Those who never make headlines

Practically everybody knows there was a decade-long very brutal civil war in Sierra Leone during the 1990s.

K was very badly wounded in that war with an axe blow to the head and had the tops of his ears chopped off. His mother had both arms amputated above the elbow. She now lives in the old folks home here in Freetown  where he visits her once a week.  Since the war K has not been able to hold down a full-time job as there are days when he can’t concentrate or do very much.  He is separated from his wife and children who live over at Lungi- a ferry journey across the river.

Last Tuesday was a public holiday and as K walked about the streets he spotted S who had not been seen for two weeks.  S has left-sided weakness in his arm and leg and also suffers from epilepsy.  S stays at a compound where he is helped wash, dress and feed himself.  He has no verbal communication skills.  For reasons known only to himself S went walkabout from this safe compound and no one had seen him till K spotted him on Tuesday.

K procured  clothes and money from somewhere, and went back to where he’d spotted S. He begged and pleaded with a taxi driver to take S (who could only lie across the back seat due to his disability) in the taxi. K told the taxi fellow that S was his brother and that he had been missing for two weeks. As S had not washed in those two weeks you can imagine how the driver might be reluctant to take him.

Eventually K got S back to the compound where he normally resides. There he washed and dressed him in clean clothes. Then he gave S a meal of rice and cassava and plenty of water as his lips were cracked and dry.  K was able to piece together that S walked slowly from place to place begging food and sleeping rough.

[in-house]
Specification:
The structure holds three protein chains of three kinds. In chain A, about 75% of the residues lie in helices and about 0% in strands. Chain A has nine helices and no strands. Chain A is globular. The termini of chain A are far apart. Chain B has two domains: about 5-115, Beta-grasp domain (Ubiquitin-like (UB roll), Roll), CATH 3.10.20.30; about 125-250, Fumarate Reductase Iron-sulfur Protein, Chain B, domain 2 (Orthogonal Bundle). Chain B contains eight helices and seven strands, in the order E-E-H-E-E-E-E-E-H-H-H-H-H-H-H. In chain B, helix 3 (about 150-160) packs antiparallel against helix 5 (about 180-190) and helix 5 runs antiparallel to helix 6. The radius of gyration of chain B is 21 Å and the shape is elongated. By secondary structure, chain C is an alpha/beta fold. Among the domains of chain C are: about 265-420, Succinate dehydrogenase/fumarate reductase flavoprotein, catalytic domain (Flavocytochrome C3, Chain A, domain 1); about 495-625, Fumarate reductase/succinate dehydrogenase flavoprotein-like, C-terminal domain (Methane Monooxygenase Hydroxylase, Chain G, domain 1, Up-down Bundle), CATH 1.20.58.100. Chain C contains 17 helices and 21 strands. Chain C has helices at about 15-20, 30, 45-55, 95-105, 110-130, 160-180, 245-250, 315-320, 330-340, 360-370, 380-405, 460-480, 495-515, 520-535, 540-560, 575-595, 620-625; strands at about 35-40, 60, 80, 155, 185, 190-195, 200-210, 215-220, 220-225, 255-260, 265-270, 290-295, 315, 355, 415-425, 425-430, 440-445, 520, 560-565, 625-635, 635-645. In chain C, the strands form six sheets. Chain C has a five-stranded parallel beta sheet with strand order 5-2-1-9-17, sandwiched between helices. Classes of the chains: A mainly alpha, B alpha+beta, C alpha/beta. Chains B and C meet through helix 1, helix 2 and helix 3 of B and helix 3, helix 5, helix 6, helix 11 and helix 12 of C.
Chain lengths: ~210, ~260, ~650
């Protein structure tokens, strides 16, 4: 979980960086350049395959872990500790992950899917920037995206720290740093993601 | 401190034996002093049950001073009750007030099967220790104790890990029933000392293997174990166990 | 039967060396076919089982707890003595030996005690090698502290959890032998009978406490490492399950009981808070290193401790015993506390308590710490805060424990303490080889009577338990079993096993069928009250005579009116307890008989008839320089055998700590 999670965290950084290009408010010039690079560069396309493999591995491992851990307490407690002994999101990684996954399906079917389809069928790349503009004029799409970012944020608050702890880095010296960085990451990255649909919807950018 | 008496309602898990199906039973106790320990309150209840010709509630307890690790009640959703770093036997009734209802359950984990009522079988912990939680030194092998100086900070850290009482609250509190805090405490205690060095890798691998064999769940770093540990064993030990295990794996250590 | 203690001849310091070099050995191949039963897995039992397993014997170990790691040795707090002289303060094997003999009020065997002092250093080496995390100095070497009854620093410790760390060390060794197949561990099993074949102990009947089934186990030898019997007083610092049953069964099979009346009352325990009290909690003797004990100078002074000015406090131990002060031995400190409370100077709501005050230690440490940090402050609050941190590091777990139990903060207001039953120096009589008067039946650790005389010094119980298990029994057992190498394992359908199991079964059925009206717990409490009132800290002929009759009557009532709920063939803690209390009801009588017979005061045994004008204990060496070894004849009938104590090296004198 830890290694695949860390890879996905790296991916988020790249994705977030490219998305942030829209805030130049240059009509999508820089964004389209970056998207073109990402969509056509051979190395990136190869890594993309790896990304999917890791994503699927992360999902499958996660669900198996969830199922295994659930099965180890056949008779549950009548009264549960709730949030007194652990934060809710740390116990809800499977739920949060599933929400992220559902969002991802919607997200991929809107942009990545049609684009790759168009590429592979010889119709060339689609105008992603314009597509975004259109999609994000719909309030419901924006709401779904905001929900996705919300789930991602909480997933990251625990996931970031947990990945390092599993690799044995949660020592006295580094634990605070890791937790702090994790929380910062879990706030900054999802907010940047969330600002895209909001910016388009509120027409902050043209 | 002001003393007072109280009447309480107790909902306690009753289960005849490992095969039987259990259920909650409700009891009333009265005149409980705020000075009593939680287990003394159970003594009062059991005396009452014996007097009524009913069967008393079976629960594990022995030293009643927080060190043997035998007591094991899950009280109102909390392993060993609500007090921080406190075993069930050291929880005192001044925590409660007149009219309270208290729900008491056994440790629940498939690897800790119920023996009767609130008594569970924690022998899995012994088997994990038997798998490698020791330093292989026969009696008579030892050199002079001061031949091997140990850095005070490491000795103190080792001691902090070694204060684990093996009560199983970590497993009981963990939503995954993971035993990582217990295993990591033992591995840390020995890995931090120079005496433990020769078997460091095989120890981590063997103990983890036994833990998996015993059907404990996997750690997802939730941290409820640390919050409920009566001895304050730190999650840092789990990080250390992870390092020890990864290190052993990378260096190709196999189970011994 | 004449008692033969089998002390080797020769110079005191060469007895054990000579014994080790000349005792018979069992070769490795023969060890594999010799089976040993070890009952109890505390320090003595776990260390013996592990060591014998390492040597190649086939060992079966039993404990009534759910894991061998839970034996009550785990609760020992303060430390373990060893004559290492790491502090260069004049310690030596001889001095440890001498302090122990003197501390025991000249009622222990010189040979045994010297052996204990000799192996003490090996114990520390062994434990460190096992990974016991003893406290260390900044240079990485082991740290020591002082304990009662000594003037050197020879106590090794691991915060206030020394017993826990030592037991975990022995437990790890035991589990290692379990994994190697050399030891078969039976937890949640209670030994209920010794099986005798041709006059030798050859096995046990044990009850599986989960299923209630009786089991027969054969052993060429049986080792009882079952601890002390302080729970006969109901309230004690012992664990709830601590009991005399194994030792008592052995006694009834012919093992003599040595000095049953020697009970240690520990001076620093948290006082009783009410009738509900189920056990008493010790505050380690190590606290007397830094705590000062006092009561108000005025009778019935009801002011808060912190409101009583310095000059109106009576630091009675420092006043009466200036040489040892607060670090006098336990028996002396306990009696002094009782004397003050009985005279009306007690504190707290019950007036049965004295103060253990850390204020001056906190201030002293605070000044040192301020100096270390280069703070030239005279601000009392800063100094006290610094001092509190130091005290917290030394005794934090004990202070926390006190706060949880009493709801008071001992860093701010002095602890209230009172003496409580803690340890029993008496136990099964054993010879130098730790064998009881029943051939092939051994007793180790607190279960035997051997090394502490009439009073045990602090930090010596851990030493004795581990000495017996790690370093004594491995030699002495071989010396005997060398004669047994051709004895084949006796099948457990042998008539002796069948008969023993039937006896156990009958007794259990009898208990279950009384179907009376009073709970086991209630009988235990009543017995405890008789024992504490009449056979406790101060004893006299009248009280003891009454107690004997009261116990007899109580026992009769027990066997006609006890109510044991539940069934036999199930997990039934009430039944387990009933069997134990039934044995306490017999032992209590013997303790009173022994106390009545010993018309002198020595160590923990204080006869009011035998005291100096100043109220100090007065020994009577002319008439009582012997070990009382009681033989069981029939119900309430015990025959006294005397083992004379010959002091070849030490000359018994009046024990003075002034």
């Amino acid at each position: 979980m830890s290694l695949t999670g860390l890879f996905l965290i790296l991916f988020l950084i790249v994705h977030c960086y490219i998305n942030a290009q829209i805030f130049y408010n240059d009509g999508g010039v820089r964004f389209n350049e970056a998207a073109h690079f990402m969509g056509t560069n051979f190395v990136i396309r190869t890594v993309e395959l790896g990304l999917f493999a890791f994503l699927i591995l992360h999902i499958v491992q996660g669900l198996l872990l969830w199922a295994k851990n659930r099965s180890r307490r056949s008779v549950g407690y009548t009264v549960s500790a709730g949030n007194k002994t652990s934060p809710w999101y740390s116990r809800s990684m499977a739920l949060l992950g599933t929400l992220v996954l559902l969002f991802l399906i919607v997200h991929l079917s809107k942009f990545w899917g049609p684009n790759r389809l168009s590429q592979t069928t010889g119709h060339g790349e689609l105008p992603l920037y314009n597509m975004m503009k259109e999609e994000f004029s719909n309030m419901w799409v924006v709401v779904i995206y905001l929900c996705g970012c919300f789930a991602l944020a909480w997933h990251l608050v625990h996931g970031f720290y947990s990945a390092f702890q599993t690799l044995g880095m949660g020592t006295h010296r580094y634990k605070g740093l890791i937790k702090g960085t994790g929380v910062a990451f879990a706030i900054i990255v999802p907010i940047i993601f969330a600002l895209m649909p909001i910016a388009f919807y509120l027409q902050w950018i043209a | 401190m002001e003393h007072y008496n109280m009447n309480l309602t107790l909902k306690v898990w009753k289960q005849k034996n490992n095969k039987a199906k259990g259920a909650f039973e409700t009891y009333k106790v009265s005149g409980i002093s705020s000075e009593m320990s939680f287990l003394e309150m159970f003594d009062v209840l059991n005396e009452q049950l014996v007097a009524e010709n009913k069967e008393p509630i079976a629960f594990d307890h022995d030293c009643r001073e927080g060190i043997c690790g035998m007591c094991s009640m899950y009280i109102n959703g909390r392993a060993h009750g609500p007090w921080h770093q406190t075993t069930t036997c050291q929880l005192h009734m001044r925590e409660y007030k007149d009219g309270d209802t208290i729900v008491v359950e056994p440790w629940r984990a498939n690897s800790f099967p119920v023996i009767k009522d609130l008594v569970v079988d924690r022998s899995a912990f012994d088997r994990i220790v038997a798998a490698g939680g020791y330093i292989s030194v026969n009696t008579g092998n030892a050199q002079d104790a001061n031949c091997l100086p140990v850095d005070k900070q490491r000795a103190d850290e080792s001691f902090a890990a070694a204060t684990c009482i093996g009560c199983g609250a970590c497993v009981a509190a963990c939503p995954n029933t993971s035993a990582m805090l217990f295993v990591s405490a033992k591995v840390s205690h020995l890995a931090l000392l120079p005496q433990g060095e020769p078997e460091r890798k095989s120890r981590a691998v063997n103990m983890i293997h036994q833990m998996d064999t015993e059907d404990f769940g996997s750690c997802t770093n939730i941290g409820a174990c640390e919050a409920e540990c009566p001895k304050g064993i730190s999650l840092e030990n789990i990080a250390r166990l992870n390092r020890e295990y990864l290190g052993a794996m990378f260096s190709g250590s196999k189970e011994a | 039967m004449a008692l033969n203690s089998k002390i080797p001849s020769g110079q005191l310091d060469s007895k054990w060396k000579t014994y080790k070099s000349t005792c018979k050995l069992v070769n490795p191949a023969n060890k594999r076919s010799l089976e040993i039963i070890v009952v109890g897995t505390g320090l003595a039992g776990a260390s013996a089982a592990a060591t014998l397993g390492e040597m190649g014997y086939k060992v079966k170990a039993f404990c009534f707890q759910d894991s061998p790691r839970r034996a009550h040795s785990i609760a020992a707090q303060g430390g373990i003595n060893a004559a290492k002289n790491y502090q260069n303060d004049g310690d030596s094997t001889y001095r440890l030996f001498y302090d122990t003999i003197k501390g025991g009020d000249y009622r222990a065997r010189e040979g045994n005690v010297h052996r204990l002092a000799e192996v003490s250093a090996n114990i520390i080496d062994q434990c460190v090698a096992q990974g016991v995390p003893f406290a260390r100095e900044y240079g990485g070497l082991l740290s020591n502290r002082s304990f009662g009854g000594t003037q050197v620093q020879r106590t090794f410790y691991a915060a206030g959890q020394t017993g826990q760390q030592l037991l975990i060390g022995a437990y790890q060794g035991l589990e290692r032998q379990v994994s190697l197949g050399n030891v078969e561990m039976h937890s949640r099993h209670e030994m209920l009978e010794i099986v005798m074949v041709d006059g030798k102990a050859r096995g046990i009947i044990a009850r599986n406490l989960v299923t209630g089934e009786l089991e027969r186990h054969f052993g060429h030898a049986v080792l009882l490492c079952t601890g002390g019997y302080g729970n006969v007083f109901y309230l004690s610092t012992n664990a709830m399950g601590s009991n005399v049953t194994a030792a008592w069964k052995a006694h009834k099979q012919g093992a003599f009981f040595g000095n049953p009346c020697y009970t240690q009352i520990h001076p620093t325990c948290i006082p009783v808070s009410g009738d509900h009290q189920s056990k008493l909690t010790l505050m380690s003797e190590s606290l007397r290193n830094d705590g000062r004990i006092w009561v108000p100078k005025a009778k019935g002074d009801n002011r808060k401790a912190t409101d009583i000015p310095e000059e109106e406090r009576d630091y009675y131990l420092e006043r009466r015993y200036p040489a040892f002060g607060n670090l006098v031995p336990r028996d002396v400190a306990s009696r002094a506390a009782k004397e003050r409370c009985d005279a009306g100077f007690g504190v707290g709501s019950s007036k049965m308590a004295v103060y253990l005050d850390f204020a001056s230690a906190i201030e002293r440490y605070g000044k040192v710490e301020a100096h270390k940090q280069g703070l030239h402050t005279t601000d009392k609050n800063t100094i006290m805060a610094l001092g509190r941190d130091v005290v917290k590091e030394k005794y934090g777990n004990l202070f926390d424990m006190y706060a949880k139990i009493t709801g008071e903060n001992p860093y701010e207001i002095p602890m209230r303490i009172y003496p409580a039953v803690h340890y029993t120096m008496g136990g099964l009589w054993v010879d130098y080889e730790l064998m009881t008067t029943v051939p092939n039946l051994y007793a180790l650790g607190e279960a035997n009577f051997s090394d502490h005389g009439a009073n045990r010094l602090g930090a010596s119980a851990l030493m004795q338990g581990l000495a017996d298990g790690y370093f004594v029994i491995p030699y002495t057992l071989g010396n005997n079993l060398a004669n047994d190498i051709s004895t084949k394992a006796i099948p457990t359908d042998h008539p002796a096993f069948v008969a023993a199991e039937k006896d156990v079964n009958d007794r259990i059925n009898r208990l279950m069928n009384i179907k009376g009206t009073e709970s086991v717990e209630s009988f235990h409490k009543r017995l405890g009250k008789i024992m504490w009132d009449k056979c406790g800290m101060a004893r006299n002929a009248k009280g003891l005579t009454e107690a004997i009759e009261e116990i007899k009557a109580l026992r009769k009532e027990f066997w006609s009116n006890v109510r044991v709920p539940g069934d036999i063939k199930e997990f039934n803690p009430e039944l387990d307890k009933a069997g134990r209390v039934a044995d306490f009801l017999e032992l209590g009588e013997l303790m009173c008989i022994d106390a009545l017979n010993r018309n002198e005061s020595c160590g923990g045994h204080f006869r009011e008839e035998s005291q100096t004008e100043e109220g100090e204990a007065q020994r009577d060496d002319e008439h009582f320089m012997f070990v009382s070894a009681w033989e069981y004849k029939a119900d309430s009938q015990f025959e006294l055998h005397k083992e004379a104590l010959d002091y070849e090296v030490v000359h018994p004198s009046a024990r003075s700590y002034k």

When K recognised him he said he  just had to bring him back  to where he would be safe and looked after despite the fact that K hasn’t a penny. Once he knew S was safe again K took the ferry back to Lungi to see his children as if he’d done nothing at all unusual.

These are the  stories of Sierra Leone’s war wounded that never make headlines on CNN or the Guardian.



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5 responses to “Those who never make headlines

  1. Brenda

    Perhaps telling the stories of K and S is the most important thing you have ever done.


  2. You could be right Brenda. Yes Laura very touching


  3. louise

    What an amazing story. It took me by surprise and “off my guard” if you see what I mean?


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